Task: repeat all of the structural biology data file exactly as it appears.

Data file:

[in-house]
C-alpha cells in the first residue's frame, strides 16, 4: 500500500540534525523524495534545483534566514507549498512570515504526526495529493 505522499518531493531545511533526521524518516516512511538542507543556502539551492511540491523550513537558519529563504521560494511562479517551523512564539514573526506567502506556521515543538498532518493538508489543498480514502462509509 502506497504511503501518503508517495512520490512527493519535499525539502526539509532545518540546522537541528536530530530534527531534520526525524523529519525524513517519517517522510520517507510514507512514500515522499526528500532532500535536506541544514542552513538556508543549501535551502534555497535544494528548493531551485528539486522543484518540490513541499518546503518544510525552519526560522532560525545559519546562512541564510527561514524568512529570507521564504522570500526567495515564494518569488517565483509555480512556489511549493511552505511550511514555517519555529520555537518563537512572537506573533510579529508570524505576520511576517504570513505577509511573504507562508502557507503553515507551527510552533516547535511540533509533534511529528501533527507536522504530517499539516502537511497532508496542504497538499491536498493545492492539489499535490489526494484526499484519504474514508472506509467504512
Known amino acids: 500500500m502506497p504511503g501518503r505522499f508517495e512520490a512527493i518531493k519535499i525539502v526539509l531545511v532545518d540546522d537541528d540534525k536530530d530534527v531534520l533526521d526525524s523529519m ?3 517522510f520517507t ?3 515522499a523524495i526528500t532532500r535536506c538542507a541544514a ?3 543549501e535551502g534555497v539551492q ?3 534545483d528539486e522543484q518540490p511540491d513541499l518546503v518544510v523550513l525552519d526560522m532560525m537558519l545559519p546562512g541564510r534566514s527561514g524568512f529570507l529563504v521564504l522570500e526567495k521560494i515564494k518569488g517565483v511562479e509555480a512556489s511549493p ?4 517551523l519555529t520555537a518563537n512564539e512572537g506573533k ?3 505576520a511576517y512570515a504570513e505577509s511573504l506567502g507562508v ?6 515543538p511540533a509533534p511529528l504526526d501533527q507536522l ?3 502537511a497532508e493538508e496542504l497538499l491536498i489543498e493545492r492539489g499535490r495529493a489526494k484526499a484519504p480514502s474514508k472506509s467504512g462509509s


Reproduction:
[in-house]
C-alpha cells in the first residue's frame, strides 16, 4: 500500500540534525523524495534545483534566514507549498512570515504526526495529493 505522499518531493531545511533526521524518516516512511538542507543556502539551492511540491523550513537558519529563504521560494511562479517551523512564539514573526506567502506556521515543538498532518493538508489543498480514502462509509 502506497504511503501518503508517495512520490512527493519535499525539502526539509532545518540546522537541528536530530530534527531534520526525524523529519525524513517519517517522510520517507510514507512514500515522499526528500532532500535536506541544514542552513538556508543549501535551502534555497535544494528548493531551485528539486522543484518540490513541499518546503518544510525552519526560522532560525545559519546562512541564510527561514524568512529570507521564504522570500526567495515564494518569488517565483509555480512556489511549493511552505511550511514555517519555529520555537518563537512572537506573533510579529508570524505576520511576517504570513505577509511573504507562508502557507503553515507551527510552533516547535511540533509533534511529528501533527507536522504530517499539516502537511497532508496542504497538499491536498493545492492539489499535490489526494484526499484519504474514508472506509467504512
Known amino acids: 500500500m502506497p504511503g501518503r505522499f508517495e512520490a512527493i518531493k519535499i525539502v526539509l531545511v532545518d540546522d537541528d540534525k536530530d530534527v531534520l533526521d526525524s523529519m ?3 517522510f520517507t ?3 515522499a523524495i526528500t532532500r535536506c538542507a541544514a ?3 543549501e535551502g534555497v539551492q ?3 534545483d528539486e522543484q518540490p511540491d513541499l518546503v518544510v523550513l525552519d526560522m532560525m537558519l545559519p546562512g541564510r534566514s527561514g524568512f529570507l529563504v521564504l522570500e526567495k521560494i515564494k518569488g517565483v511562479e509555480a512556489s511549493p ?4 517551523l519555529t520555537a518563537n512564539e512572537g506573533k ?3 505576520a511576517y512570515a504570513e505577509s511573504l506567502g507562508v ?6 515543538p511540533a509533534p511529528l504526526d501533527q507536522l ?3 502537511a497532508e493538508e496542504l497538499l491536498i489543498e493545492r492539489g499535490r495529493a489526494k484526499a484519504p480514502s474514508k472506509s467504512g462509509s